Create a list of hashtags your library will use on Twitter in 2023. Share them with any staff member who has access to the account. Explain that this focused list will save your staff time by eliminating the urge to turn every word in a Tweet into a hashtag. It will build your brand identity on Twitter and boost your organic reach more effectively over time.

Here’s a simple list to help you select your Twitter hashtags.

  • Location: Hashtags that identify where your branch is located or your wider geographic service area, like #Cincinnati or #PriceHill.
  • Library-specific hashtags: Branded hashtags that communicate your library’s tagline or mission, vision, and values, like #BrowseBorrowBloom or #ForMindsOfAllKinds
  • Service: Hashtags that identify a service or feature of your library, like #Makerspace, #HomeworkHelp, or #BabyStorytime.
  • Seasons: Hashtags that are used during different times of the year, such as #WinterReadingChallenge or #SummerAtTheLibrary.
  • Holidays and notable days: Hashtags used to identify holidays, including literary holidays like #ReadAnEbookDay and #FourthOfJuly.
  • Local events: Hashtags that are used when your library is participating in outreach events, like #HamptonBookFestival or #AthensFoodFair.

Don’t use all the hashtags from your list in every Tweet. Choose one or two that apply most to whatever you are Tweeting.

And remember to use camel case in your hashtags, to ensure they are accessible to all followers.

Always Tweet “completely” with a caption and rich media.

I see a lot of libraries that share Tweets that consist of a graphic or photo and a link, but that don’t include a caption or hashtag. I know it takes extra time and creativity to do what I’m referring to as a “complete Tweet” but Twitter is watching. And they will penalize your library for skipping this step.

Your caption doesn’t have to be long (see the section below on ideal Tweet length). But always include at least one sentence, a hashtag, and a photo, video, or GIF in each Tweet.

Twitter allows your library to add up to four photos or videos and one GIF to Tweets. You can even mix and match your rich media within a Tweet. Experiment and see what your audience responds to.

Great Tweet from Prince William Public Library tagging partners for extra reach.

How often and when to post on Twitter

Your library should post at least 1-2 times every day. But the good news is that the latest data shows you should not post more than 5 times a day!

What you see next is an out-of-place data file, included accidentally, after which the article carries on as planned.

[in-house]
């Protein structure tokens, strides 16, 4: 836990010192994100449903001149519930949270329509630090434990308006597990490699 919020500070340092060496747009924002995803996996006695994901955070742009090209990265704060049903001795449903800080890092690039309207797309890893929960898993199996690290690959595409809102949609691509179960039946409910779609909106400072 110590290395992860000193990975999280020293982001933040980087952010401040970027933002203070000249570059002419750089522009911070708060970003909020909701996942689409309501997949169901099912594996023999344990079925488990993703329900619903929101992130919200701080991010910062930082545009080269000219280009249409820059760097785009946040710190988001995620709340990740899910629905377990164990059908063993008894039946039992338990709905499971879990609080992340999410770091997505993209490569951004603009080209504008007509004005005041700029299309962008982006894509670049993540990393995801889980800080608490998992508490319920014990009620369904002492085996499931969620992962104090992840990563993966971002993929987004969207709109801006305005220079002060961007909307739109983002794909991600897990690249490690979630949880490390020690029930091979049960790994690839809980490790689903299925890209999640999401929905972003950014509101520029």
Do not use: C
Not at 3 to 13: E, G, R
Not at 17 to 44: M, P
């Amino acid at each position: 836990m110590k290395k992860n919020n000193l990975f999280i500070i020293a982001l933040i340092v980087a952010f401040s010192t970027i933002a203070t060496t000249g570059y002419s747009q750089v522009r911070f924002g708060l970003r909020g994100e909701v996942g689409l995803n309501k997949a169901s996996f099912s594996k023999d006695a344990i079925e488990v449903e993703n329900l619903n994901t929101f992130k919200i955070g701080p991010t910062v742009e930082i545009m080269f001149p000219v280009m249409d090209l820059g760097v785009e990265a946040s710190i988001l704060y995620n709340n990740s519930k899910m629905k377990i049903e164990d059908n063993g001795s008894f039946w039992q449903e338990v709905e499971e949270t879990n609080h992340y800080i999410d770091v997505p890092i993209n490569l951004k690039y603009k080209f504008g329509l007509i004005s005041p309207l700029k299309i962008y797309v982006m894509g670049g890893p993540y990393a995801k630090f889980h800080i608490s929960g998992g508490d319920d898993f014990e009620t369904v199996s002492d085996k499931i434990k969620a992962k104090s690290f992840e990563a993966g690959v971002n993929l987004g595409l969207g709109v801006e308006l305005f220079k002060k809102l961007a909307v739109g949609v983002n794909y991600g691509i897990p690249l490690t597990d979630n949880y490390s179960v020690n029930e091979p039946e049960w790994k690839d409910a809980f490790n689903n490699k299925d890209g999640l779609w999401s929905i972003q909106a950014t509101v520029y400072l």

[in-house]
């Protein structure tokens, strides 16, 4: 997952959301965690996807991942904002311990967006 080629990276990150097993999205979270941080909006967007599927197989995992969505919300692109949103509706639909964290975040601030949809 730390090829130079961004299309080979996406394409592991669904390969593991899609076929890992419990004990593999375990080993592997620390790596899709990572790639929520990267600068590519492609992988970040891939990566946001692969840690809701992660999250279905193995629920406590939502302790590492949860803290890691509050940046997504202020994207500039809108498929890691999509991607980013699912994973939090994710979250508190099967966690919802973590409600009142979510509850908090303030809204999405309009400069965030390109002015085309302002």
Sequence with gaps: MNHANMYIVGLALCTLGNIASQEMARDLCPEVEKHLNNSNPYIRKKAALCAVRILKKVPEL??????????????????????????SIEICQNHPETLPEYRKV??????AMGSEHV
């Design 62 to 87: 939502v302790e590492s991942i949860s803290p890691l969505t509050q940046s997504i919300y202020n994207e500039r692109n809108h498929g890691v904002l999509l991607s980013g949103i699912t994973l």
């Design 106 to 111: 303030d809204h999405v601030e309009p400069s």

Experts say the best time to post is 11 a.m. on weekdays. I have tested this with my own account, and that advice has been on point.

How much text should be in a Twitter post?

Most experts advise your library not to use the entire 280-character limit on Twitter. Give people the room to quote Tweet your library.

Be sure to include hashtags. Twitter data shows that Tweets with hashtags get ten percent more views that Tweets without them.

One note: On December 12, 2022, Twitter announced that they are working on features that would enable users to post longer videos and more text, perhaps as much as 4,000 characters. Keep an eye on this. If the change becomes reality, you’ll want to experiment to see if your audience responds to longer videos and text from your library’s Twitter account.

Twitter image best practices

The recommended upload size for a static post image on Twitter is 1200 x 675 pixels. If you work in aspect ratios, that’s 16:9. You can Tweet up to four images in each post.

Measuring success on Twitter 

If you don’t have a third-party social media schedule, you can see your Twitter data by logging in to your Twitter account and going to

Twitter supplies a month-by-month summary of your profile. The analytics will show you how your library’s Twitter account has performed in terms of profile visits, follower growth, tweet impressions, and mentions. It also gives you an analysis of the impressions your tweets are getting, as well as details on retweets, mentions, favorites, and clicks.

Clicking on the “Tweets” buttons will give you a complete breakdown of the engagement on each Tweet. There’s also a separate section with analytics for videos.

You can export all the data. 

Bonus tip: don’t worry about losing library Twitter followers.

Many Twitter users are exiting the platform in the wake of Musk’s purchase. Musk has also been open about his desire to remove fake or “bot” accounts from the platform.

It’s perfectly normal to gain and lose Twitter followers, especially when the platform’s future is uncertain. I don’t do a lot of predictions, but I do believe follower counts will continue to drop in 2023, as people migrate to other platforms or curtail their social media use altogether, especially in the United States.

More advice

New Research on Teens, Your Library, and Social Media Plus You May Soon Have More Info About Your Library’s TikTok Audience!

Spending Library Money on Social Media: The Beginner’s Guide to Buying Promotional Ads on Facebook, Instagram, and YouTube